Iran, in my opinion the biggest threat to regional stability, was dignified with an invitation. That should have been a warning sign. It had no intention of compromising, a seen in its verbal attacks on Saudi Arabia, which Iranian Deputy Foreign Minister Hossein Amir-Abdollahian accused of playing “a negative role.” He also threatened Iran’s withdrawal from the peace efforts should they become unconstructive. Good riddance!
Syrians will be able to choose their next government at the ballot box, according to U.S. Secretary of State John Kerry and Russian Foreign Minister Sergei Lavrov, who told reporters after their bilateral meeting that all Syrians both inside and outside the country – including refugees – will get a vote. Is this a joke? How can they propose something so ludicrous? It is likely to be years before free and fair elections can be held. Let us not forget that regime barrel bombs still fall and over dozens of terrorist and militant groups controlling large swathes of Syrian territory.
I am distressed that the world cannot get its act together to bring peace to Syria. Enough conferences and meetings! Enough talking! Decisive action is needed so that Syrian families trudging through a freezing Europe with their babies can go home. Does the U.S. or Russia or Iran truly have those poor people at heart or are they more concerned with their own hegemonic or economic stake in the issue? Russia is the kingpin for without its backing the regime could not have survived until now – and Putin must be persuaded to stop giving Assad a free pass.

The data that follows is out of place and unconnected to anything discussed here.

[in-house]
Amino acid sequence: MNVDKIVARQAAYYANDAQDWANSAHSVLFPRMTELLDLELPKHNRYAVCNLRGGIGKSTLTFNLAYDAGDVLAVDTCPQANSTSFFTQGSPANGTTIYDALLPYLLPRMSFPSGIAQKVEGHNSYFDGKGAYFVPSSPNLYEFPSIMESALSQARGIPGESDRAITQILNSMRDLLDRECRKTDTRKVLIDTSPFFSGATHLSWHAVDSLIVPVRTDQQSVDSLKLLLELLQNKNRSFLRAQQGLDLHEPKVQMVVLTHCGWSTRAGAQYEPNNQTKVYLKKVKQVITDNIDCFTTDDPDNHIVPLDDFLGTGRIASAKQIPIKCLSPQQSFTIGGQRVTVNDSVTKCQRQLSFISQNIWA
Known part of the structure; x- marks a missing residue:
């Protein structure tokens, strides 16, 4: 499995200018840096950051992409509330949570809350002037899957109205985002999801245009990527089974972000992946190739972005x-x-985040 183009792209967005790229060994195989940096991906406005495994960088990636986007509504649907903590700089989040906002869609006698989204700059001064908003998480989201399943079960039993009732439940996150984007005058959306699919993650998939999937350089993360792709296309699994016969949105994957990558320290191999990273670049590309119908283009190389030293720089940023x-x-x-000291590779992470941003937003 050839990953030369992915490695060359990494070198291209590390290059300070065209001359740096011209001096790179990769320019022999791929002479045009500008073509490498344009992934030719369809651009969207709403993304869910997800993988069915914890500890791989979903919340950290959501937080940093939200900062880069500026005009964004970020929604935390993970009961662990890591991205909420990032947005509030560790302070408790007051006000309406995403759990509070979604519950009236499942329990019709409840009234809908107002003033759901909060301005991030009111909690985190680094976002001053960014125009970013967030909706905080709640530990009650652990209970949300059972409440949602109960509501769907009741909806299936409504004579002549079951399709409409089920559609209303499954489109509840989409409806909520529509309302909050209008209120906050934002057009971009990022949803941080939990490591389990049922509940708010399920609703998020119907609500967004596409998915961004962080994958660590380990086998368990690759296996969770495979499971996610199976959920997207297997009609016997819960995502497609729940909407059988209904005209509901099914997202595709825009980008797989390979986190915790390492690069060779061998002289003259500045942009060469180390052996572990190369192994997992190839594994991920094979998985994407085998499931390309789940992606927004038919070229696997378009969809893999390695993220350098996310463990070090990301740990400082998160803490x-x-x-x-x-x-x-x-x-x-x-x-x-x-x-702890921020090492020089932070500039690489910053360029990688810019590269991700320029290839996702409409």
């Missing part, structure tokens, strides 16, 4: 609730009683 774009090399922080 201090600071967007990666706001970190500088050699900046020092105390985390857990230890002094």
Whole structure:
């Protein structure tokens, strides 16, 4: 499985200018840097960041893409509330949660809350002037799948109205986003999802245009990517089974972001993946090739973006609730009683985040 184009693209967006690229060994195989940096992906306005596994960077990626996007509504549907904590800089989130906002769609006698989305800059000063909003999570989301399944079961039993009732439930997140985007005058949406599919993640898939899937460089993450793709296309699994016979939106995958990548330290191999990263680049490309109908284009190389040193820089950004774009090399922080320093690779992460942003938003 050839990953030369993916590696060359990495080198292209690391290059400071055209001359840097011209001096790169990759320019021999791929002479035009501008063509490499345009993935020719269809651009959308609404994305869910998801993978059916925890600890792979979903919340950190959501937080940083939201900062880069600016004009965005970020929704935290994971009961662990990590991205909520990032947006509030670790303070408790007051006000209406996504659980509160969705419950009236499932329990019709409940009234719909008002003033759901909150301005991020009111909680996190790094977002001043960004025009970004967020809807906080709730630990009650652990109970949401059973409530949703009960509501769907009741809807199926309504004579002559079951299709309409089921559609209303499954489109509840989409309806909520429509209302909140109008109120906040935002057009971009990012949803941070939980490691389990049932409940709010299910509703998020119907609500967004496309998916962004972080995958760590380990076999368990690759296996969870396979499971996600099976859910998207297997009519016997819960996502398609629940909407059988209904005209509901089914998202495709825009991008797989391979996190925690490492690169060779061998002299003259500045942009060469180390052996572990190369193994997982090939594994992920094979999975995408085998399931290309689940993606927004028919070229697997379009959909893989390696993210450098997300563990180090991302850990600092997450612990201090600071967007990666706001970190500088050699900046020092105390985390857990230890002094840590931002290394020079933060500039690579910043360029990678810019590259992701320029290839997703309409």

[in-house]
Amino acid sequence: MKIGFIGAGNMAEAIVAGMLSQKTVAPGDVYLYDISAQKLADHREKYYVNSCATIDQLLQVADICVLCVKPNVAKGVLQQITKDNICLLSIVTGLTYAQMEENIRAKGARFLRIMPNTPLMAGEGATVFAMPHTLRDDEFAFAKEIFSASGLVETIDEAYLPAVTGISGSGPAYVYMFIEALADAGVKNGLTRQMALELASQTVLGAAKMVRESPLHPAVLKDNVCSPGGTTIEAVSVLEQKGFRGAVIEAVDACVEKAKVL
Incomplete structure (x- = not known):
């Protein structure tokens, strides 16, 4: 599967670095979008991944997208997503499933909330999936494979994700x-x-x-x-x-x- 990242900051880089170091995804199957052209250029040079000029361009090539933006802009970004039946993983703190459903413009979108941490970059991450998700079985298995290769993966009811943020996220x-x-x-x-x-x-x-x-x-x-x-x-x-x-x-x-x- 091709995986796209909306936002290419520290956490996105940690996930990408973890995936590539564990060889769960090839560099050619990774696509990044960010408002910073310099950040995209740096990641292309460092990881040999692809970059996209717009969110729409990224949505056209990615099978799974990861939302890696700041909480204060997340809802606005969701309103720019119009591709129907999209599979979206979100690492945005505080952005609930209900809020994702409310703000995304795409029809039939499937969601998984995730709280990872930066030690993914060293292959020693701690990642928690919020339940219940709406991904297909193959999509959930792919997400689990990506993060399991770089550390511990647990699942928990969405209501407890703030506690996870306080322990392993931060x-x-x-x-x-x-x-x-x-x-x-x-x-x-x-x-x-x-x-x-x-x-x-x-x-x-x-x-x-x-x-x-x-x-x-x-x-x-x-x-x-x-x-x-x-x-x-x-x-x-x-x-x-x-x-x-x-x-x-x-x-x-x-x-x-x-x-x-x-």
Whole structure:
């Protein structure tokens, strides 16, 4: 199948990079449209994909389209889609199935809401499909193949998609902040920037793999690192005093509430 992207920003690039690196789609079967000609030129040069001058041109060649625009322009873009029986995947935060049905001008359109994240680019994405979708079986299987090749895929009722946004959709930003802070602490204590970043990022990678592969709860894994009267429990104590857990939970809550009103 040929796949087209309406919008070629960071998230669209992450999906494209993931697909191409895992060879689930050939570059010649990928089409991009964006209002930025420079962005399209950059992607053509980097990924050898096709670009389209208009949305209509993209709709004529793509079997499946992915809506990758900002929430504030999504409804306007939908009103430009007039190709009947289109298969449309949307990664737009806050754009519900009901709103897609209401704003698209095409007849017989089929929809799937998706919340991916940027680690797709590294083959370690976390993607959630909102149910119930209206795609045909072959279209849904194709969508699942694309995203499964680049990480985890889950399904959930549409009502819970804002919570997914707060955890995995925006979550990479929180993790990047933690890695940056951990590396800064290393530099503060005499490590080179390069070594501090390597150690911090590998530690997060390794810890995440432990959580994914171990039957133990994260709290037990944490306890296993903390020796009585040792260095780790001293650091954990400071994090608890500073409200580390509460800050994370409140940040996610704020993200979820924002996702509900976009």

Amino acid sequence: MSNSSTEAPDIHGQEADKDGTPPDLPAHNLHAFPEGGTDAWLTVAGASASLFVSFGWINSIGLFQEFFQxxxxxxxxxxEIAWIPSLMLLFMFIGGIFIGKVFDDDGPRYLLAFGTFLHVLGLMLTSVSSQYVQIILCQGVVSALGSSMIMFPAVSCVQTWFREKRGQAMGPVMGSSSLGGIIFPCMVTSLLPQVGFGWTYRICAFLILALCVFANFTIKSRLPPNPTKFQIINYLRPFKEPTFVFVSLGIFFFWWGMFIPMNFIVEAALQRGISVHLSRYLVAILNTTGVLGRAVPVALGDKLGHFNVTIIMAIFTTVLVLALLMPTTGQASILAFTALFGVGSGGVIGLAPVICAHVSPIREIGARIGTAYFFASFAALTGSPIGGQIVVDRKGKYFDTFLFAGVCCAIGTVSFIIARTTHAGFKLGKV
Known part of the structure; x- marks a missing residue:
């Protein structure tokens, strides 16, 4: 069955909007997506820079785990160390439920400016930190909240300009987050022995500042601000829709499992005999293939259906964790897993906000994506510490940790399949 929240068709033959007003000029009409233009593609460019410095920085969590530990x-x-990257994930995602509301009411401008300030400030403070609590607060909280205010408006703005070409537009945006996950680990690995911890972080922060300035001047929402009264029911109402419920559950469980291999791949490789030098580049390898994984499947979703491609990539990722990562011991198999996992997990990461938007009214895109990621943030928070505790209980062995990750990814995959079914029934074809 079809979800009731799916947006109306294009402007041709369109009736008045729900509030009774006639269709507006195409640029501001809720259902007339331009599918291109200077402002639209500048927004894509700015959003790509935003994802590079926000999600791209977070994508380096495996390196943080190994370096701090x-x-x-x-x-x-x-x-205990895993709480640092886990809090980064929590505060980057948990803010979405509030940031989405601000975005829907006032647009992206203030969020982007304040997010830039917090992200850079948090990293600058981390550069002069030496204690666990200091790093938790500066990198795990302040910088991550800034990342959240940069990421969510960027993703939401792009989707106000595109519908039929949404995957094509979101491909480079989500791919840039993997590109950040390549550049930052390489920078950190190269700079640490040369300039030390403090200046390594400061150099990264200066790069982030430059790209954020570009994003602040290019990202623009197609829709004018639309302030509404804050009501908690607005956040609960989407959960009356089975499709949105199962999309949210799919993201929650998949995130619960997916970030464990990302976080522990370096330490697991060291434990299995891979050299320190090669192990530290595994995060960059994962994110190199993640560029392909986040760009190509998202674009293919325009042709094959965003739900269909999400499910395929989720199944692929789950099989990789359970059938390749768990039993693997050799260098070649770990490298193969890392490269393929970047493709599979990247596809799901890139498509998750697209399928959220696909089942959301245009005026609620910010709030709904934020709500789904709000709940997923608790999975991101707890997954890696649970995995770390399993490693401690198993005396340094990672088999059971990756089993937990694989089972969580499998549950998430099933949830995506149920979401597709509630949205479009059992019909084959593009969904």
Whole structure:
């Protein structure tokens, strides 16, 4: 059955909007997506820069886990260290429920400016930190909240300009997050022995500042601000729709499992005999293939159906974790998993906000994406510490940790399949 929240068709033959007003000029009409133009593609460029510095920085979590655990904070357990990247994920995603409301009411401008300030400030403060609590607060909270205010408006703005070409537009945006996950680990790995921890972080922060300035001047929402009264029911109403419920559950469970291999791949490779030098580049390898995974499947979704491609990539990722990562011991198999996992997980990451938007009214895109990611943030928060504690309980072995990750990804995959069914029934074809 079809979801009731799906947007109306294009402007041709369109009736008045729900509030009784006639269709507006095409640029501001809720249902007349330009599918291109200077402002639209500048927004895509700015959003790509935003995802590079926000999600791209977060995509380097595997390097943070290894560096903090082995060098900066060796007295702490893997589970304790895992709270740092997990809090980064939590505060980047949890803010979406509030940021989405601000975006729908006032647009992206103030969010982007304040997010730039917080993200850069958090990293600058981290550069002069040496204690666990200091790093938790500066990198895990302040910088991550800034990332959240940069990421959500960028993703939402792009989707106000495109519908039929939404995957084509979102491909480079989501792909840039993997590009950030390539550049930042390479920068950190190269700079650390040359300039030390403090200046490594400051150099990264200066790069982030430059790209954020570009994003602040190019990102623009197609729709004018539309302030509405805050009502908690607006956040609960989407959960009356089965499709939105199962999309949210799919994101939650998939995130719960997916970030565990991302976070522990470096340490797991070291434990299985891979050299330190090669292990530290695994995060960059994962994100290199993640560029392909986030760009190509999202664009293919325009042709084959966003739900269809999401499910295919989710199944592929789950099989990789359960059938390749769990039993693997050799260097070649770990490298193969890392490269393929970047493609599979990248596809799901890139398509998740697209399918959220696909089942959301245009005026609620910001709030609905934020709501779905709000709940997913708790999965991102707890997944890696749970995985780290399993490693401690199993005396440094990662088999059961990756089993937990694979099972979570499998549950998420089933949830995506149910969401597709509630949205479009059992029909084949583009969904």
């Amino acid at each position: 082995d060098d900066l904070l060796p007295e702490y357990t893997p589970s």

Syrians need closure before they can move forward with a process of forgiveness and reconciliation. The idea that Assad will be permitted to walk scot-free and enjoy a life of luxury in Tehran is unacceptable for those who have lost everything at his hands.
Too much time has been wasted and worryingly we now know that the idea of an “international community” is just a meaningless concept.
Self-serving countries trumpeting their values, while juggling for influence and gain without real concern for humanity, is what our world has evolved into – a dog-eat-dog planet where those with the biggest bombs rule.
Khalaf Ahmad al-Habtoor is a prominent UAE businessman and public figure. He is Chairman of the Al Habtoor Group – one of the most successful conglomerates in the Gulf. Al Habtoor is renowned for his knowledge and views on international political affairs; his philanthropic activity; his efforts to promote peace; and he has long acted as an unofficial ambassador for his country abroad. Writing extensively on both local and international politics, he publishes regular articles in the media and has released a number of books. Al-Habtoor began his career as an employee of a local UAE construction firm and in 1970 established his own company, Al Habtoor Engineering. The UAE Federation, which united the seven emirates under the one flag for the first time, was founded in 1971 and this inspired him to undertake a series of innovative construction projects – all of which proved highly successful.